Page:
'Really no excuse': Good Samaritans rescue 2 bags of puppies left to die in rural Manitoba
13 dogs in total saved from dump in Fairford, bush in Norway House
Two litters of puppies left to die in sealed bags in two Manitoba communities will survive, thanks to the compassion of the people who found them.
Recording artist Wayne Sumner and his brother-in-law Jonah Ross were dropping garbage off at the dump in Fairford First Nation on Tuesday when they heard a sound near a section of burning embers.
"Right beside the burn was a bag of puppies that they heard crying. So that's how it started," said Debra Vandekerkhove, director with Manitoba Animal Alliance, formerly known as Norway House Animal Rescue.
Ross jumped into the burn pit and pulled out the closed cooler duffel bag. Inside were five black female husky-mix puppies.
"They opened the bag, found a box and put them in there," said Vandekerkhove, speaking on behalf of Sumner, who declined an interview with CBC but gave permission for his videos to be shared.
"Looked like their eyes had just opened. They would've been burned alive if it wasn't for them."
Sumner posted a video of their discovery to social media, which was passed on to Vandekerkhove.
"They were both really upset that somebody would take little defenceless animals and take them to the dump — especially as close to the burn site as they were and they were still alive," she said.
The next day, Vandekerkhove drove three hours to the community, 221 kilometres north of Winnipeg, to bring food and supplies for the puppies, which she believes are about two weeks old.
The smallest was the size of a kitten, she estimated, weighing about 500 grams. She and her partner brought canned puppy food, formula, hot water and a high-calorie paste that they could put in the dogs' mouths.
"We all sat on the grass and we all fed the puppies by hand with our fingers, because they're not big enough to eat on their own yet, plus they were very hungry," said Vandekerkhove.
"The small ones that were under half a pound, they had such great suction, that even though you had only a little bit on your finger tip it was almost impossible to pull your finger out. You had to wrap your whole hand around the dog just to pull out your finger, just to get some more on it. So they were very hungry!"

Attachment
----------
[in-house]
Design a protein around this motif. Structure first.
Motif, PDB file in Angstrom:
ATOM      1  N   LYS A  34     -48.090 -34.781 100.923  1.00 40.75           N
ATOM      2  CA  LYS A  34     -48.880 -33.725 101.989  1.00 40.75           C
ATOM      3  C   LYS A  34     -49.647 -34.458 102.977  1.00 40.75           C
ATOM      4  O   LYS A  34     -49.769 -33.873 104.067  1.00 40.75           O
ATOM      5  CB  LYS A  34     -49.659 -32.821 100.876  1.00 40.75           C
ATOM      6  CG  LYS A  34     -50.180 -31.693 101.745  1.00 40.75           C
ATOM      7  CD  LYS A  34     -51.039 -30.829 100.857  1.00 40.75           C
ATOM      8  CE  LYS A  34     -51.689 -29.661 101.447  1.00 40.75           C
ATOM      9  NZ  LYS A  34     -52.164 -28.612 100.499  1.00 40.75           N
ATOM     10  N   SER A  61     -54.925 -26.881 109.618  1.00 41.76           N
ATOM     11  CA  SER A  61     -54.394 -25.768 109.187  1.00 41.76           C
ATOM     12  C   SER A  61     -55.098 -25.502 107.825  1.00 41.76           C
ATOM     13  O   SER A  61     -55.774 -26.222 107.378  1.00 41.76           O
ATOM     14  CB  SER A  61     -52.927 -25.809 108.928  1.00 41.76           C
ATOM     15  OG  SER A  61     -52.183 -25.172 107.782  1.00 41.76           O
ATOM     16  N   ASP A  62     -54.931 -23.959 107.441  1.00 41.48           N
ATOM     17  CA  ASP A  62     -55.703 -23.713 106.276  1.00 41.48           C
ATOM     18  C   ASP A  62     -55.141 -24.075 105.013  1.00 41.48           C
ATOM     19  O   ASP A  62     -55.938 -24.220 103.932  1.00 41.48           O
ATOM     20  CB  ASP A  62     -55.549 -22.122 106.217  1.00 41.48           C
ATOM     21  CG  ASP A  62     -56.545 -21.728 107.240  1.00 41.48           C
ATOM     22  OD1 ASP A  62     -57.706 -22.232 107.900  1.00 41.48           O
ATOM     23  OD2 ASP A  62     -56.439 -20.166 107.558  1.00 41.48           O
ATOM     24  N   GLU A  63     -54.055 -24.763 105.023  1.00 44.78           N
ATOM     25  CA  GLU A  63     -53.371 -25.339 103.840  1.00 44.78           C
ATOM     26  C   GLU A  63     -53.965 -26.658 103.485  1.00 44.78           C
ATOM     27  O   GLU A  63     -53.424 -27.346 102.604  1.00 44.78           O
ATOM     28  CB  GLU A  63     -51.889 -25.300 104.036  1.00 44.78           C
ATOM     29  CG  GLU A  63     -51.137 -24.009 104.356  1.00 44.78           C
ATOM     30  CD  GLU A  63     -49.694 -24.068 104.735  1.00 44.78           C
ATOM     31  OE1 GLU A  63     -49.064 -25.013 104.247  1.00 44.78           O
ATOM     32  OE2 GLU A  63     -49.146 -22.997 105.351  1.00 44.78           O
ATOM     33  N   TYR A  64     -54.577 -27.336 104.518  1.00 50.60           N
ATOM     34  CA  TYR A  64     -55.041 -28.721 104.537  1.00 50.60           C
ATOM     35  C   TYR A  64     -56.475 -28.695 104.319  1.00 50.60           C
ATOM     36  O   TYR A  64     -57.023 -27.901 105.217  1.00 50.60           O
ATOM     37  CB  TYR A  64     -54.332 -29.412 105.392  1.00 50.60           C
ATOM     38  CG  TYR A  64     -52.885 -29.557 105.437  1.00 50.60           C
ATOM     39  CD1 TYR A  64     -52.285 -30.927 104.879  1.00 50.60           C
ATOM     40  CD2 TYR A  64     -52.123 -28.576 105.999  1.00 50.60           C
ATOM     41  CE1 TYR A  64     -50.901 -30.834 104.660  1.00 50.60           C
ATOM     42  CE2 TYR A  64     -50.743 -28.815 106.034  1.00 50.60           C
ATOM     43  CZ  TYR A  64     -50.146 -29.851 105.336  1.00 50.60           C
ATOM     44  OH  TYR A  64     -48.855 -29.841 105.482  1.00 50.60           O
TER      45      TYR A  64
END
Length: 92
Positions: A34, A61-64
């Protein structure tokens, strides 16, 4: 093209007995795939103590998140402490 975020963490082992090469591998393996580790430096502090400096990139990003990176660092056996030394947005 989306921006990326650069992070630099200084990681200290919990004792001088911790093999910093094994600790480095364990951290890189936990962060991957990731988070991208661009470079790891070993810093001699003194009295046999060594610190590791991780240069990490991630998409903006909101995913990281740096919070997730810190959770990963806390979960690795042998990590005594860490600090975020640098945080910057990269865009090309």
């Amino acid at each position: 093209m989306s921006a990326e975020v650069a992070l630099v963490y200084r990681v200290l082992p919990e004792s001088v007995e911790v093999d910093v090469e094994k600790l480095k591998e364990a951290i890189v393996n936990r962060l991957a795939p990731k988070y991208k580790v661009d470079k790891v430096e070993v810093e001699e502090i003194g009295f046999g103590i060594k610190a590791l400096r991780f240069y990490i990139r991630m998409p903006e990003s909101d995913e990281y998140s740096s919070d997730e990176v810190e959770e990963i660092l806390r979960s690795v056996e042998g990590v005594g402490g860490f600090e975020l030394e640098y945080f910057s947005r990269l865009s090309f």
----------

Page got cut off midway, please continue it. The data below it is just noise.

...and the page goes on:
She drove the dogs back to Winnipeg and to their new home with a whelper — a person with experience caring for puppies and pregnant mothers — affiliated with Manitoba Underdogs, another rescue. The agency will oversee their adoptions to good homes in about six weeks.
8 more puppies found
On Wednesday, Vandekerkhove learned of another rescue that had happened on Saturday in Norway House Cree Nation, 459 kilometres north of Winnipeg.
Local pharmacist Mayank Patel and his wife were exercising behind the school when he heard the sound of crying in the woods. They saw a reusable grocery bag lying in the brush. Inside was a litter of eight hungry puppies.
"Somebody left them all in a tied-up bag in the bush," said Vandekerkhove.
The couple brought the dogs home, where they happened to have a dog named Coco, which they'd rescued and had just delivered four puppies last month. Coco took the puppies in and has been nursing them with her four others.
The Manitoba Animal Alliance sent up food, supplies, de-wormer and formula for the dogs.
"They're doing great," said Vandekerkhove. "[They're] cuties! They were a mix of just about everything. All Canadian. Some of them look like chocolate lab mixes, black and whites, short haired black and whites. It's like a box of chocolates really."
She added these dogs appear to be older than the litter found in Fairford, about three weeks, as they're just getting their teeth in, and can be started on mush and formula.
"There's really no excuse for any cruelty to animals," said Vandekerkhove. She added anyone who has puppies they can't manage can reach out to nearby vets, their community's leadership, the provincial vet or a rescue group.
"It's what we do right. It's awful what happened, but when it's at that point, we're very grateful to these folks for helping these animals. The focus is helping these owners," said Vandekerkhove.
Dog overpopulation is very big problem in Manitoba, she said, but tactics such as licensing, household pet limits and birth control implanting all help.
"It's not just about the resources, it's about being able to assist communities to assist with dog management programs. Because you can't spay and neuter your way out of this problem, you just can't."
With files from Erin Brohman